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The Digital Wave in Portugal

Portugal has an old History of global connection that started in the Fifteenth Century, when Portuguese sailors started to explore the open sea, using cartography and technology for navigation. Thus, trade ports were set in North Africa before navigators engaged in opening a path that reached India by a maritime route allowing Portugal to control the trade of spices from India to Europe. Portuguese trade then expanded from Arabia reaching Japan, Africa, and Latin America contributing to the tremendous growth of the local economy.

Today, Portugal is remaining faithful to its tradition of global connection by riding the digital wave. Indeed, the digital transition in the country is contributing to the creation of jobs, the internationalization of local companies, as well as the modernization of the State. In fact, the digital transformation of Portugal is defined by the following two pillars: Business Digital transformation, Public service digital transformation. However, for this growth to benefit all layers of the Portuguese society, a digital inclusion plan is guiding the digital journey, in order to ensure equal opportunities in access to new technologies.

To do so, the government is today focusing on digital education, professional training and reskilling programs. Therefore the Foundation of Science and Technology run by the Ministry of Education aims at narrowing the digital divide through education, training in digital skills, and promotion of digital literacy and particularly the enablement of the population vis a vis AI by increasing the AI Educational levels, upgrading the labour force qualifications, and encouraging the specialization in AI fields. In this regard, the education infrastructure is seeking to include training in AI for earlier educational levels as much as for higher ones like Bachelors, Masters, Post-Graduates and PhDs, fostering specialization in computer, Data Science to create a higher qualified labour force in AI-related areas.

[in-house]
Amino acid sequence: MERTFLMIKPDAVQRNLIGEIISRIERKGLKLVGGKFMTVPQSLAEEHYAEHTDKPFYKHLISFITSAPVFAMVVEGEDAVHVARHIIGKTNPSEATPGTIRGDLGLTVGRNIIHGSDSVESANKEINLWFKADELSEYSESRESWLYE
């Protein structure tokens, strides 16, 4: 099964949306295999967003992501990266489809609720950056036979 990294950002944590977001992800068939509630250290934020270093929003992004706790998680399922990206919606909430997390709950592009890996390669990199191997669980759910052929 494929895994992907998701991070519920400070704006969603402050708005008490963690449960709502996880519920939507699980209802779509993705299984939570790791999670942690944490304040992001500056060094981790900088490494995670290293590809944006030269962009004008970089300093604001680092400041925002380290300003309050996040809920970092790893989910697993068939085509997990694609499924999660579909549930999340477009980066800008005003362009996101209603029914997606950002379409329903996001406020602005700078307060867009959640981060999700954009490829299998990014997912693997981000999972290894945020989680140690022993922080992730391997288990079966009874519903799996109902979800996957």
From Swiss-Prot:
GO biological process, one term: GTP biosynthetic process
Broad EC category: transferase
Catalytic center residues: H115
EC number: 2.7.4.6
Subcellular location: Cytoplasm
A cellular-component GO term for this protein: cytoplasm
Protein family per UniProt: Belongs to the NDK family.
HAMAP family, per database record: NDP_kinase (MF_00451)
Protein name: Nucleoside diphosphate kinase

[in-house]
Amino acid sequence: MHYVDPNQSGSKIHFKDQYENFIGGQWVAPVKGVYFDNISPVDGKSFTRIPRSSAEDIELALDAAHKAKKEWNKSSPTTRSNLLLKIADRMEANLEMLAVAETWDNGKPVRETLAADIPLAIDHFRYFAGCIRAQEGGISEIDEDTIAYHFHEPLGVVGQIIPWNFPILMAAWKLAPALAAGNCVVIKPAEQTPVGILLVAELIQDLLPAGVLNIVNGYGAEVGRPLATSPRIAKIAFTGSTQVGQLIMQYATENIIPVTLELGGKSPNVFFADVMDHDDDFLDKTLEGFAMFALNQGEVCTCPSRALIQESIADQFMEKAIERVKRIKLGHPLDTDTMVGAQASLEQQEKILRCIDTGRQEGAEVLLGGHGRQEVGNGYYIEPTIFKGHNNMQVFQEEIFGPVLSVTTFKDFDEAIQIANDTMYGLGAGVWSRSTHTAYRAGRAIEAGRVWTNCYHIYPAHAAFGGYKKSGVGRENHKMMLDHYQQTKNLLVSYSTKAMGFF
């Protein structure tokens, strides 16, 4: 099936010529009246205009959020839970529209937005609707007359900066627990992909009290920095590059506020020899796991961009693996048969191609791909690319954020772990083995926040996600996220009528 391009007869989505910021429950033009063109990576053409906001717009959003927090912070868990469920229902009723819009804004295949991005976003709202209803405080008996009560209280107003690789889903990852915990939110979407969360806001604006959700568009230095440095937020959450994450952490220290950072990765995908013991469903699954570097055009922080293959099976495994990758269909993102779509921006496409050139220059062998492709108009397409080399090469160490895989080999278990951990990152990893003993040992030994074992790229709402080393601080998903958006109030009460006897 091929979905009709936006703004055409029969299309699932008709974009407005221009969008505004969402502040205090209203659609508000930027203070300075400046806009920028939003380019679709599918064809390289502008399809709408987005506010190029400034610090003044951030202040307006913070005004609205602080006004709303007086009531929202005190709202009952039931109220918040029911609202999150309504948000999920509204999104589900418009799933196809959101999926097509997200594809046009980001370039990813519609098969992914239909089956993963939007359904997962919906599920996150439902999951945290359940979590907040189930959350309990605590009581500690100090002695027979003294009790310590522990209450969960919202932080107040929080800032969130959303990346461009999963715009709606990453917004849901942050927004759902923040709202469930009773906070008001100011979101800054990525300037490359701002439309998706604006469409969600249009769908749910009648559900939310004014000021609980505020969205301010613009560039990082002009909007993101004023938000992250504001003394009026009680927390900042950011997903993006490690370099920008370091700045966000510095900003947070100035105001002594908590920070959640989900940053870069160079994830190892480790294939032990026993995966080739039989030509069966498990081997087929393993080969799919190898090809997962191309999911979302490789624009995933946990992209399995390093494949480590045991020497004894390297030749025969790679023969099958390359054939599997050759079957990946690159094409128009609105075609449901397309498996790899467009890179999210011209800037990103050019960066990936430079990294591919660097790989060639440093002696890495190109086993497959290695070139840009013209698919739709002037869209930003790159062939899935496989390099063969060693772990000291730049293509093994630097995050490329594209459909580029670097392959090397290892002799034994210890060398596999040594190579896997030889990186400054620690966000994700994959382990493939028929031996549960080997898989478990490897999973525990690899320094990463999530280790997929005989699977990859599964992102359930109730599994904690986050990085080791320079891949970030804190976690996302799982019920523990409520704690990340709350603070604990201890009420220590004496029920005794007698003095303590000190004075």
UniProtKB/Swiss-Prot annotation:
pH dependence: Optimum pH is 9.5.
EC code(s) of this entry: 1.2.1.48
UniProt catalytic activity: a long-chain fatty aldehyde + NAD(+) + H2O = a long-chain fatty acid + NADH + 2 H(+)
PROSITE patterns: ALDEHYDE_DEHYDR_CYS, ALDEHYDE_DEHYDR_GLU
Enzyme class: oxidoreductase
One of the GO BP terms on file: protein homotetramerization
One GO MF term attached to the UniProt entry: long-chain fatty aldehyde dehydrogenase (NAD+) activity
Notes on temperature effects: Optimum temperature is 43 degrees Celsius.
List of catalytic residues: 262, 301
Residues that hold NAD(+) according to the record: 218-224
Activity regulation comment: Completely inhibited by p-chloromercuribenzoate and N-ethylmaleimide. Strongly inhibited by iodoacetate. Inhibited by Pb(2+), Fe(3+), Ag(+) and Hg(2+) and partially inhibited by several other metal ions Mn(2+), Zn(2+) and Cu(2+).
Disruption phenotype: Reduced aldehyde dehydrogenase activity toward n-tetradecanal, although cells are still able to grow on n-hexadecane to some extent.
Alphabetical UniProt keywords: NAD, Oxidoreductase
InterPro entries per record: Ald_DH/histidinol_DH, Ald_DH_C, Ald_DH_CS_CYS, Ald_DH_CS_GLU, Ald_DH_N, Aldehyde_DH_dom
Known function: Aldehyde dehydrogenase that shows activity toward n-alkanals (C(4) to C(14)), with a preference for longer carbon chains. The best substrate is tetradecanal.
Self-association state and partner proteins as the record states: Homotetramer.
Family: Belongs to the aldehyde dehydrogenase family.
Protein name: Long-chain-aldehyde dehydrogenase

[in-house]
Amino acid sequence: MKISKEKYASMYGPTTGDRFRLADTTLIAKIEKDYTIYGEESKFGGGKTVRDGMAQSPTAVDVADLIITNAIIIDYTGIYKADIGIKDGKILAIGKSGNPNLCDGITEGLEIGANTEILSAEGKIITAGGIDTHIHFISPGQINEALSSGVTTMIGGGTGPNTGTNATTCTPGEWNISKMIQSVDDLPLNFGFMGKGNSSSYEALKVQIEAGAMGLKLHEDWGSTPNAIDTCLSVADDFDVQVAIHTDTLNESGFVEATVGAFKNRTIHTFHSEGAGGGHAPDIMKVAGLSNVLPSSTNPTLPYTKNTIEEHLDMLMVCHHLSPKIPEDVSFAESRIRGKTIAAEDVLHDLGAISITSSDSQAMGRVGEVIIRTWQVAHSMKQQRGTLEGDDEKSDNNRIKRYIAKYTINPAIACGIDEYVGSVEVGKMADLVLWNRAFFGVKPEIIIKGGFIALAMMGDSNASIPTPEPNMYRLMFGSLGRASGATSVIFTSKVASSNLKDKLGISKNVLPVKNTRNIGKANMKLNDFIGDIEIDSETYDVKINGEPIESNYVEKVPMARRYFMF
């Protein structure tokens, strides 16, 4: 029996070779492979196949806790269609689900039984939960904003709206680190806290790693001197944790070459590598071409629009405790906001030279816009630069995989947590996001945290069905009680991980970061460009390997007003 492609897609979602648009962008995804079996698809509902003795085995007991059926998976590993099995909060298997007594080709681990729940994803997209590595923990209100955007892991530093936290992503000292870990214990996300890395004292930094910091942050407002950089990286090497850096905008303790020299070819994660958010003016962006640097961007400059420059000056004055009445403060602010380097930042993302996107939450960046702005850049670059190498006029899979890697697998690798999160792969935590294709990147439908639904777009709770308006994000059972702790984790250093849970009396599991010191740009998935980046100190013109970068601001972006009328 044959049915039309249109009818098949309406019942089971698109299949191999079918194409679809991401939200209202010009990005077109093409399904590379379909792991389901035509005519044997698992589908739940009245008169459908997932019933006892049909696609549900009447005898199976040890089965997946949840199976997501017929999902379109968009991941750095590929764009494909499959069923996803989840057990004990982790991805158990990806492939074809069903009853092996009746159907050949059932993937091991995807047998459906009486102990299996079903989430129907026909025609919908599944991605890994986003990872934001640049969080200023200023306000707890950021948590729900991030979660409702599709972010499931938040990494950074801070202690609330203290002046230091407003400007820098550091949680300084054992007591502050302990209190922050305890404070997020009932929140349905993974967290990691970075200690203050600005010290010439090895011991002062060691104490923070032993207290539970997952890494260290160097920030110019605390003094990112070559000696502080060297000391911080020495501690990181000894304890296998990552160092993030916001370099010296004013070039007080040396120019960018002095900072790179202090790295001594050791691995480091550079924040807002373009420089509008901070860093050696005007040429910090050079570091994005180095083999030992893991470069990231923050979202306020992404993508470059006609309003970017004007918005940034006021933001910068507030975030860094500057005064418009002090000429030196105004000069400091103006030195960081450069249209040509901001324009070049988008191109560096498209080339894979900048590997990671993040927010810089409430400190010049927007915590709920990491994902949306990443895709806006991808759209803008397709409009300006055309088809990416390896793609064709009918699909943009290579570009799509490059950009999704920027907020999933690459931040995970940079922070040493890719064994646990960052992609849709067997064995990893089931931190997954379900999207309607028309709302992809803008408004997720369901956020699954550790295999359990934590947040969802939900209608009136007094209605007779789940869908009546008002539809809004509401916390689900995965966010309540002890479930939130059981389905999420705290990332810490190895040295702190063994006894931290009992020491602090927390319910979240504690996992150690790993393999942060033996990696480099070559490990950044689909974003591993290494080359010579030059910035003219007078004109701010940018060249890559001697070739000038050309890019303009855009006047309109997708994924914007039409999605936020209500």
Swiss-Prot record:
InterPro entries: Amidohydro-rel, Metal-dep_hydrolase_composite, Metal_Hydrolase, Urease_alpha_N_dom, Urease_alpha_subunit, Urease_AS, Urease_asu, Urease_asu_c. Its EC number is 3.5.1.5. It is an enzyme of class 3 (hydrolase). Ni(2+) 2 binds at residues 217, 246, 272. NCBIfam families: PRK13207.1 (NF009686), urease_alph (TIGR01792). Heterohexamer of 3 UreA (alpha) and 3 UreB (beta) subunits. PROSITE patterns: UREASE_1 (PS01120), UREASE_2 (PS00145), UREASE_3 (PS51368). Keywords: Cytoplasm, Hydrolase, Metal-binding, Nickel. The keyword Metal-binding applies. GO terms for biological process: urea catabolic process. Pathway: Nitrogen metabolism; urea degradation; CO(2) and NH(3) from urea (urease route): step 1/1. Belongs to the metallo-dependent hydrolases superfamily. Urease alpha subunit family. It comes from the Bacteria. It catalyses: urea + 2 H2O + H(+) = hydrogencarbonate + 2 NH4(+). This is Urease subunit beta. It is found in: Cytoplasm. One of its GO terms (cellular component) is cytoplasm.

Several actions aim to nurture talent and skills in AI such as teaching young students fundamentals of Machine Learning in the Ciencia Viva Club. That’s how, in 2019, as part of the program Ciencia Viva Laboratory Criar Futuro, 270 High Schools students have participated in two weeks of summer schools aimed at gaining literacy on AI applications and societal impacts, Data Science and Machine Learning. On top of this, as part of the Conferencia Professores Espaciais, the European Space Education Resource Office and Ciencia Viva promoted a lecture on Data Science and AI and a workshop on AI application in space education. A hundred teachers participated in the lecture and sixty teachers participated in the workshop.

In 2020, the Director-General for education and the Seguro Net Awareness Center have launched a specialization in AI in Education. The first session counted about 2000 participants. Moreover, in the last two years, public higher education institutions have launched several executive programs, advanced courses, and summer and winter schools on AI-related topics (Big Data, Business Analytics, Computer Vision, Machine Learning). In addition to this, actions are undertaken, with the aim to reskill and upskill citizens through learning opportunities. The polytechnics institutes located in different Portuguese regions are offering short courses under the upskills programme.

Another initiative that was led is the construction of an e-learning platform, with courses on other specific subjects. Also, a cooperation with the National Institute for Administration has put in place a training programme aimed at the Digital Transition in Public Administration to empower workers with skills in the emerging Digital technologies essential to Public Service ( AI, Big Data and Innovation in Digital Environment). Lastly, the government heavily supported HPC Competence centres, National Centers that offer education and training opportunities on HPC and related educational computing tools.

This is the way Portugal is honouring its legacy of connecting dots, with however tremendous efforts in making the output well redistributed among Portugal’s society.

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